Western nectar bat (Lonchophylla hesperia)

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Western nectar bat
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Western nectar bat fact file

Western nectar bat description

KingdomAnimalia
PhylumChordata
ClassMammalia
OrderChiroptera
FamilyPhyllostomidae
GenusLonchophylla (1)

With only ten individuals having ever been studied, the western nectar bat (Lonchophylla hesperia) is a little-known, enigmatic species (1). The western nectar bat has pale brown fur on the upperparts and pale brown to grey fur on the underparts (3). Its tail is short and the noseleaf is high and narrow (2).

As its name suggests, the western nectar bat feeds predominantly on nectar, and possesses a number of adaptations to this diet (4), including an elongated muzzle and a very long tongue. The tongue is covered with grooves bordered by small, hair-like protrusions (2) (5), and wave-like muscle contractions move the nectar along the grooves, enabling the western nectar bat to feed without lapping (6).

Size
Head-body length: 45 - 65 mm (2)
Tail length: 7 - 10 mm (2)
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Western nectar bat biology

Bats of the Lonchophylla genusare specialised for feeding on nectar and pollen and, as a result, play an important role in pollinating the plants they feed upon (3). Although other Lonchophylla batsalso consume insects and fruit (3), the little information available on the western nectar bat suggests that it does not eat fruit (1).

Currently nothing is known about the breeding biology of this elusive bat.

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Western nectar bat range

The western nectar bat occurs in north-western Peru and south-western Ecuador (1).

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Western nectar bat habitat

The western nectar bat has been found in dry habitats (7).

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Western nectar bat status

The western nectar bat is classified as Near Threatened (NT) on the IUCN Red List (1).

IUCN Red List species status – Near Threatened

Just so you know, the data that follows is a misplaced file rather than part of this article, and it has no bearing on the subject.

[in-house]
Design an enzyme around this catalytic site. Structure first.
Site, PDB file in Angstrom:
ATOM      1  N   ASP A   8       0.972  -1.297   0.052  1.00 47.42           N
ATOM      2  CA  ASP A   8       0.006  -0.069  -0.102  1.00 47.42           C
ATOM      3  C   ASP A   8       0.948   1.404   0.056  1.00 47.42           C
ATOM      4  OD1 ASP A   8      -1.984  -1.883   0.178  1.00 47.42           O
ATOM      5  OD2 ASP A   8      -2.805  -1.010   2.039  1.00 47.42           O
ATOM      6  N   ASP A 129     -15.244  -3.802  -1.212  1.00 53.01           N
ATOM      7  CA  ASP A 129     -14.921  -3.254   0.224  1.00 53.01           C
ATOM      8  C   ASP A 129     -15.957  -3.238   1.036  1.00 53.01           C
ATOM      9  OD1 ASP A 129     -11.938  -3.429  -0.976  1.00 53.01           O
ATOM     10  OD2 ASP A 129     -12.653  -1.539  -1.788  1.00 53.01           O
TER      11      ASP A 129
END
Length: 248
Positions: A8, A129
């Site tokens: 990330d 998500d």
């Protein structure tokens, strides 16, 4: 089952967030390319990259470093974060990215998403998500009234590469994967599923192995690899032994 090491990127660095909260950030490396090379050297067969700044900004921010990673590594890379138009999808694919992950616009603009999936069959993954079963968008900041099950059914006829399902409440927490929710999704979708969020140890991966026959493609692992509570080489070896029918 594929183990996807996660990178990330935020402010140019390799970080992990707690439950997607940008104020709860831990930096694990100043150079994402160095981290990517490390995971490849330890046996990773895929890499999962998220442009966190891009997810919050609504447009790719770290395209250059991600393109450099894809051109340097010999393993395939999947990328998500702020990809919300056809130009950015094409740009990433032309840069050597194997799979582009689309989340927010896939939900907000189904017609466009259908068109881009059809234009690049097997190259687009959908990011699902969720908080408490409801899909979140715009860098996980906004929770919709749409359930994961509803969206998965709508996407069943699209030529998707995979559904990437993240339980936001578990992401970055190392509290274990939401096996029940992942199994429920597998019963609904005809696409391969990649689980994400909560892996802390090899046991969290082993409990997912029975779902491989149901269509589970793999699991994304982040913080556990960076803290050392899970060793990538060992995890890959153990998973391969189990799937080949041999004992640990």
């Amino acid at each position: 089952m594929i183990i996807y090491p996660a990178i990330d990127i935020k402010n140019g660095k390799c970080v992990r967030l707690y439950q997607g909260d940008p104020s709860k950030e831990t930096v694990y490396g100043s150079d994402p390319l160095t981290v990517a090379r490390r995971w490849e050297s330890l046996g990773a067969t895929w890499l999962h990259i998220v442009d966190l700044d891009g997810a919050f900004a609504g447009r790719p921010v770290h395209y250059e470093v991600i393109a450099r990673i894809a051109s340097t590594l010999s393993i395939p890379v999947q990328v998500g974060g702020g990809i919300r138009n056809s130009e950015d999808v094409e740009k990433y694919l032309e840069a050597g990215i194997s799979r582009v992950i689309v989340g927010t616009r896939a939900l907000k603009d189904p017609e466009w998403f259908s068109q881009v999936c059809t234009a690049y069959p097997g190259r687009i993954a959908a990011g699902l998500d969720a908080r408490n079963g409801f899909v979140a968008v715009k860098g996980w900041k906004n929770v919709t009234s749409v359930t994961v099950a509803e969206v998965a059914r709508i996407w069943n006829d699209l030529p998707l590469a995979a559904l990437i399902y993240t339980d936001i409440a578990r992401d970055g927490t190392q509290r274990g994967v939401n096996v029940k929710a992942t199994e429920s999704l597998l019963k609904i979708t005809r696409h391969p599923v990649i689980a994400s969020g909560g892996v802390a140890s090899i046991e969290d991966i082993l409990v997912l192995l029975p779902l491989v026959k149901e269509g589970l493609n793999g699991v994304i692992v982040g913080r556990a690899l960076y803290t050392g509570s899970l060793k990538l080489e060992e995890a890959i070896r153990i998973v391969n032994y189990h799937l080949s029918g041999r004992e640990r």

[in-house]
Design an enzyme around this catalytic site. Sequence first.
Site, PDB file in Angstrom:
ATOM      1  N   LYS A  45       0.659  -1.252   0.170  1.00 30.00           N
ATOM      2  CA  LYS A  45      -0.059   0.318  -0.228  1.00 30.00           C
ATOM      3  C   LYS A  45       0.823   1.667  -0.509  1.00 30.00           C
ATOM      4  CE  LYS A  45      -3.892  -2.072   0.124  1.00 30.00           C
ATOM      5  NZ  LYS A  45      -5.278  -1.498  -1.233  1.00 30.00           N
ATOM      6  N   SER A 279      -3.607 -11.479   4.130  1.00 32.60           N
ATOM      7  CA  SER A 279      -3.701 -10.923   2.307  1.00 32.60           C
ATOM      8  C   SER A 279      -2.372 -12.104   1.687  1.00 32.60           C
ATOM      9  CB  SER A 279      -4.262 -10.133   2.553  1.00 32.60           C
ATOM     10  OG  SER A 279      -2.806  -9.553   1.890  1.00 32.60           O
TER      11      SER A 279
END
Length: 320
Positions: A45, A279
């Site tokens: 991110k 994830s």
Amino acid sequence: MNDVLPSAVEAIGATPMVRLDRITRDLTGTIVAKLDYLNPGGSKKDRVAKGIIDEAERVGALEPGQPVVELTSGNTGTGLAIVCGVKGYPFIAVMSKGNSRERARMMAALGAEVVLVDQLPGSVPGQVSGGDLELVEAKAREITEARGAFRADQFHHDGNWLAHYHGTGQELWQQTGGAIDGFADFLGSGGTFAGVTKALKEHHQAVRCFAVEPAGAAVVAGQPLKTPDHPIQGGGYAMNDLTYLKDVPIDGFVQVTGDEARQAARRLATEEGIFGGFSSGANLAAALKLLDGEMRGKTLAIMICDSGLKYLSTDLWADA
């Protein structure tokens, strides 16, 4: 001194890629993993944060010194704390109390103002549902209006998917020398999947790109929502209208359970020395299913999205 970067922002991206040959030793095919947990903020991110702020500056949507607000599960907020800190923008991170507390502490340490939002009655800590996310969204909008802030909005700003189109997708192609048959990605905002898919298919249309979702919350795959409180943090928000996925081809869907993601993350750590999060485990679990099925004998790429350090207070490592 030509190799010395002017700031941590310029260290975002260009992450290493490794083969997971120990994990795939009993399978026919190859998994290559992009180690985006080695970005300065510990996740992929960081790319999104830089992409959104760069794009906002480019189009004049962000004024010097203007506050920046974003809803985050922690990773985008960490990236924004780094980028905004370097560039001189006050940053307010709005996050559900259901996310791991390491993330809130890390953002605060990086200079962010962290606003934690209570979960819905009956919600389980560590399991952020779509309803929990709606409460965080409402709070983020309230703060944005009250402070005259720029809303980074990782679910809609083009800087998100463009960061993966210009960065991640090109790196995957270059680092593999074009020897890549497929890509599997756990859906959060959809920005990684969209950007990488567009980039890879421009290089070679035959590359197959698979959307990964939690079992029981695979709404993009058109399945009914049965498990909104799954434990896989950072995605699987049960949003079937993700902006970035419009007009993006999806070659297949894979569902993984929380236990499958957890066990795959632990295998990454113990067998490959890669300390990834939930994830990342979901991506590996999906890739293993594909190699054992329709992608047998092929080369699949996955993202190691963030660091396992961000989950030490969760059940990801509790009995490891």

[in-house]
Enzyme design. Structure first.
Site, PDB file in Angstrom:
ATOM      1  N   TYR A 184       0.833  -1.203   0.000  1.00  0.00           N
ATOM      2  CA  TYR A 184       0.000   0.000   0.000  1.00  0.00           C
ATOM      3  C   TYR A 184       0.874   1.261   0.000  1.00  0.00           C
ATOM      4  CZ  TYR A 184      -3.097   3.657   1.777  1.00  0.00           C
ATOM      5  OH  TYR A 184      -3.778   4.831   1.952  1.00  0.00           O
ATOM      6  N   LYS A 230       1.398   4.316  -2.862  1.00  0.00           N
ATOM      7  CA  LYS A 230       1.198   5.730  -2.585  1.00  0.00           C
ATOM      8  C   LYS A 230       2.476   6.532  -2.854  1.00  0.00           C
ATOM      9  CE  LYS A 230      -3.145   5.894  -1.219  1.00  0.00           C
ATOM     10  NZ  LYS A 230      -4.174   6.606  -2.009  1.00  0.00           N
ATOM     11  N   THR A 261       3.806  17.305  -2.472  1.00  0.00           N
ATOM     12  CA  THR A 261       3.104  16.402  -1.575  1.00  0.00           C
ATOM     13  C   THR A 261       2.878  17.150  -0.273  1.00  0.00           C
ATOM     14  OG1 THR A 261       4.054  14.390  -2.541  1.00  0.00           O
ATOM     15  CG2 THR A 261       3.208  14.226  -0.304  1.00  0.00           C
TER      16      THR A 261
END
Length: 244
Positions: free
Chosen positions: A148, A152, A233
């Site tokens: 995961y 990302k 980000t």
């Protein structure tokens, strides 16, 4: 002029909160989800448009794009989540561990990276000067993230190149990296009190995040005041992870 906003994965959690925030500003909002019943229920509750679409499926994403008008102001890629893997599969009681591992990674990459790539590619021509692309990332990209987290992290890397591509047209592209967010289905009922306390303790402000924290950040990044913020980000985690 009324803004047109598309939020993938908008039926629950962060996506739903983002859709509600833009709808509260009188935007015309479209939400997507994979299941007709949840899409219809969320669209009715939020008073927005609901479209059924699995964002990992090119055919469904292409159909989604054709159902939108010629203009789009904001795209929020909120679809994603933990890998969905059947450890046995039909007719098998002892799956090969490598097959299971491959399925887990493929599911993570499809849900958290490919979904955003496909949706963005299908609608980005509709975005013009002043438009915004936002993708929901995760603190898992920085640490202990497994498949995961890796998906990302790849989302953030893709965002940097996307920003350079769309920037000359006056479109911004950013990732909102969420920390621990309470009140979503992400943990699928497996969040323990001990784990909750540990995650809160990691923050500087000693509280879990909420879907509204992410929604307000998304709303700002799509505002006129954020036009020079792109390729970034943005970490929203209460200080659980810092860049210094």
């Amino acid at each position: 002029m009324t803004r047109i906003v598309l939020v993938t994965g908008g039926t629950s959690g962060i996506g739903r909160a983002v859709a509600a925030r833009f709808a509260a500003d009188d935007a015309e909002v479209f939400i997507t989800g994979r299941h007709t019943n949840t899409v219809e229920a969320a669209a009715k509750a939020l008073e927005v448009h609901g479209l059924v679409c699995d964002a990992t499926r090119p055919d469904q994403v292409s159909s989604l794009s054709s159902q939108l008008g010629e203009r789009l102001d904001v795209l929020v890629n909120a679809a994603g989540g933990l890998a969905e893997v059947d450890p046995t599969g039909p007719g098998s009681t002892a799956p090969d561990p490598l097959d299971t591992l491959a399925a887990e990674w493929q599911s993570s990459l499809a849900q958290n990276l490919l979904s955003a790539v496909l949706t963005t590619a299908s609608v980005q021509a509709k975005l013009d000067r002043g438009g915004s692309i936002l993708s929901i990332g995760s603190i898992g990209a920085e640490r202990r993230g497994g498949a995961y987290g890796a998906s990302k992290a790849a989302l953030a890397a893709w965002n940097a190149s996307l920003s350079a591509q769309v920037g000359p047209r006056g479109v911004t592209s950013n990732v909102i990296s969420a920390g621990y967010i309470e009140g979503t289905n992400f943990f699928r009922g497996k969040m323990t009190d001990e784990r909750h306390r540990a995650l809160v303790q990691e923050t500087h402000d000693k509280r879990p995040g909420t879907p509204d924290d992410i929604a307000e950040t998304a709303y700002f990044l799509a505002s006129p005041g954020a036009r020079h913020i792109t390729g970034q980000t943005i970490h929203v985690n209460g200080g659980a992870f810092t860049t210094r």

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Western nectar bat threats

The greatest threat to the western nectar bat is the destruction of suitable habitat, primarily due to conversion to agriculture (1).

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Western nectar bat conservation

A number of protected areas in Peru are known to harbour populations of the western nectar bat (1), including the National Park Cerros de Amotape (8), but there are currently no known specific measures in place for this little-known species.

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Find out more

Find out about bat conservation:

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Authentication

This information is awaiting authentication by a species expert, and will be updated as soon as possible. If you are able to help please contact:
arkive@wildscreen.org.uk

This species information was authored as part of the ARKive and Universities Scheme.
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Glossary

Genus
A category used in taxonomy, which is below ‘family’ and above ‘species’. A genus tends to contain species that have characteristics in common. The genus forms the first part of a ‘binomial’ Latin species name; the second part is the specific name.
Noseleaf
A fleshy structure that surrounds the nose, common to many bats.
Pollinating
Transferring pollen grains from the stamen (male part of a flower) to the stigma (female part of a flower) of a flowering plant. This usually leads to fertilisation, the development of seeds and, eventually, a new plant.
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References

  1. IUCN Red List (November, 2010)
    http://www.iucnredlist.org/
  2. Nowak, R.M. (1999) Walker's Mammals of the World. The Johns Hopkins University Press, Baltimore, Maryland.
  3. Eisenberg, J.F. (1989) Mammals of the Neotropics. University of Chicago Press, Chicago.
  4. Dávalos, L.M. (2004) A new Choacan species of Lonchophylla (Chiroptera: Phyllostomidae). AmericanMuseumNovitates, 3426: 1-14.
  5. Gardner, A.L. (Ed.) (2007) Mammals of South America. The University Chicago Press, Chicago.
  6. Winter, Y. and von Helverson, O. (2003) Operational tongue length in Phyllostomid nectar-feeding bats. Journal of Mammalogy, 84(2): 886-896.
  7. Albuja, L.V. and Gardner, A.L. (2005) A new species Lonchophylla Thomas (Chiroptera: Phyllostomidae) from Ecuador. Proceedings of the Biological Society of Washington, 118(2): 442-449.
  8. Aris, E., Cadenillas, R. and Pacheco, V. (2009) Dieta de murciélagos nectarívoros del Parque Nacional Cerros de Amotape, Tumbes. Revista Peruana de Biología, 16(2): 187-190.
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Image credit

Western nectar bat  
Western nectar bat

© Richard Cadenillas

Richard Cadenillas
Dp. Mastozoología, Museo de Historia Natural,
Universidad Nacional Mayor de San Marcos,
Av. Arenales 1256 Jesus Maria
Lima
Perú
cadenillasordinola@yahoo.com

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